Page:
Scenic USA - North Carolina
Big Cataloochee-Palmer Chapel
|Photos by Jim Dollar
Jim Dollar Photography
Palmer Chapel Interior courtesy NPS
Similar to the ever popular Cades Cove in the Great Smoky Mountains National Park without the heavy traffic, Big Cataloochee Valley preserves a half dozen vernacular structures of the late 19th and early 20th centuries. Big Cataloochee, Little Cataloochee and Caldwell Fork, three parallel valleys, consisted mainly of farmland, supporting a community of about 1200 people. At the turn of the century, nearly 200 buildings were scattered throughout these picturesque valleys. While only a handful of farm buildings and homes remain today, the valleys offer visitors an opportunity to enjoy their past history and the area's wildlife in a peaceful mountain setting.
Tucked in among some of the most rugged mountains in eastern United States, the remote Cataloochee Valley was one of the largest and most prosperous settlements in today's Great Smoky Mountains National Park. An early tourism industry developed in the valley when some families began boarding anglers and tourists who came to vacation in the mountains. Many arrived, seeking restoration of their health from mineral-rich mountain springs. The Big Cataloochee was first discovered by militia men brought in to stop Indian raids in the late 1700s. Appreciating the beauty of this area, they decided to settle in this section of Haywood County.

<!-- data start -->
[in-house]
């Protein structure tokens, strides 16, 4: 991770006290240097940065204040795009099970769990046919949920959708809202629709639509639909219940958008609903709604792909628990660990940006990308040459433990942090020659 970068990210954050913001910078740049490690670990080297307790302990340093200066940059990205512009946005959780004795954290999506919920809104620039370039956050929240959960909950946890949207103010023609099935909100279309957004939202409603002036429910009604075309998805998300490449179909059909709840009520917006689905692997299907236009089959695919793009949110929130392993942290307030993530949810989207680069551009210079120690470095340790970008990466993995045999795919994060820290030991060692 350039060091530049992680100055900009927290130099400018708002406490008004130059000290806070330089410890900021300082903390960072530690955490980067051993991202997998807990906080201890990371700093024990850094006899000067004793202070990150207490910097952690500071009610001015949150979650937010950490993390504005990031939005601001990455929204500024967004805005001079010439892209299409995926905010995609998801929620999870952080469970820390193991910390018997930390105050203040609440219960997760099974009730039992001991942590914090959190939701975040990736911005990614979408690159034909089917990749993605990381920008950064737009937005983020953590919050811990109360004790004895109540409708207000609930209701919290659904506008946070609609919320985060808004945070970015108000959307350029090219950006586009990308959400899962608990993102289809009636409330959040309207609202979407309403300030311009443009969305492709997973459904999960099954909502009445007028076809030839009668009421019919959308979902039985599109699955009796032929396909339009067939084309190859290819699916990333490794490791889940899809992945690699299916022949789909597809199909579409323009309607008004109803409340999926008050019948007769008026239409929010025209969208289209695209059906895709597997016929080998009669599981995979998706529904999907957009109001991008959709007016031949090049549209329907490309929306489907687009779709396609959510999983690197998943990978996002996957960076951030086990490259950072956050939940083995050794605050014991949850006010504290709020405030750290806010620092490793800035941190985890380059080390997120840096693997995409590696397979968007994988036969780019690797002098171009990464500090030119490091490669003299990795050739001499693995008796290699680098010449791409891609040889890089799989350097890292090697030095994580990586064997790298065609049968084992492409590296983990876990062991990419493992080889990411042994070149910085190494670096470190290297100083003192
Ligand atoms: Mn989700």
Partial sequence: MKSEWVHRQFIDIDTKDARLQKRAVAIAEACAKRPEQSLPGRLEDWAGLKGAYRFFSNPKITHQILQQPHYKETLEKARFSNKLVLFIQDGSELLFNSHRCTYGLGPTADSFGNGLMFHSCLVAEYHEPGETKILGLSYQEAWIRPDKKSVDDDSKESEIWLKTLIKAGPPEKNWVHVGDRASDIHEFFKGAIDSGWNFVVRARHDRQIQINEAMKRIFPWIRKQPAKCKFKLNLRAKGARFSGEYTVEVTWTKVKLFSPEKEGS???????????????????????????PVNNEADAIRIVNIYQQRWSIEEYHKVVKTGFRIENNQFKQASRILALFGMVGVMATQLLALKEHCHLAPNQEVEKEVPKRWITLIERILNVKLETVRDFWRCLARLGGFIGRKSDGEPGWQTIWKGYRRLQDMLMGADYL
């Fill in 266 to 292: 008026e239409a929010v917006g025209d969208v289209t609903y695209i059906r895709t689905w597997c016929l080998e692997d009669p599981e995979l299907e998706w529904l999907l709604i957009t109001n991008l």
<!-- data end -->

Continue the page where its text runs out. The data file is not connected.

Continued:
A self-guided tour of the valley offers a look at five historic buildings located along the road, including a school, a church, a barn, and several homes. Other buildings may be reached along the Little Cataloochee Trail. Among the buildings available for tour is the Palmer Chapel. The Methodist faith was brought to the valley by some of its first settlers. Once the only church in the area, land for this building was deeded by Mary Ann Palmer in 1898, and the church was raised the same year. Preachers, many of them circuit riders, visited the church once each month. George Palmer arrived in Cataloochee in 1838 and settled at the eastern end of Big Cataloochee. Like most families in the valley, the Palmers would remain in Cataloochee until the arrival of the national park, having to sell their land or be forced out by eminent domain. The Palmer family name was associated with many landmarks and buildings in the valley, such as Palmer Creek, the Palmer Lodge, the Palmer House, and the Boogerman Trail, named after Robert "Boogerman" Palmer.
The park area, rich in history, conveys its past with the subjects of Appalachian herb doctors, chestnut trees, square dances, split rail fences, hard cider, biscuits and gravy, clogging and moonshine stills. Accessed over a very narrow mountain road, the Cataloochee Valley is also a prime area for wildlife viewing. Elk were released in Cataloochee Valley in 2001 as part of an experimental program to reestablish a herd in the park. Along with white-tailed deer, wild turkey and an occasional black bear, elk watching is best during mornings and evenings in the valley's open fields.
Nearby Points of Interest
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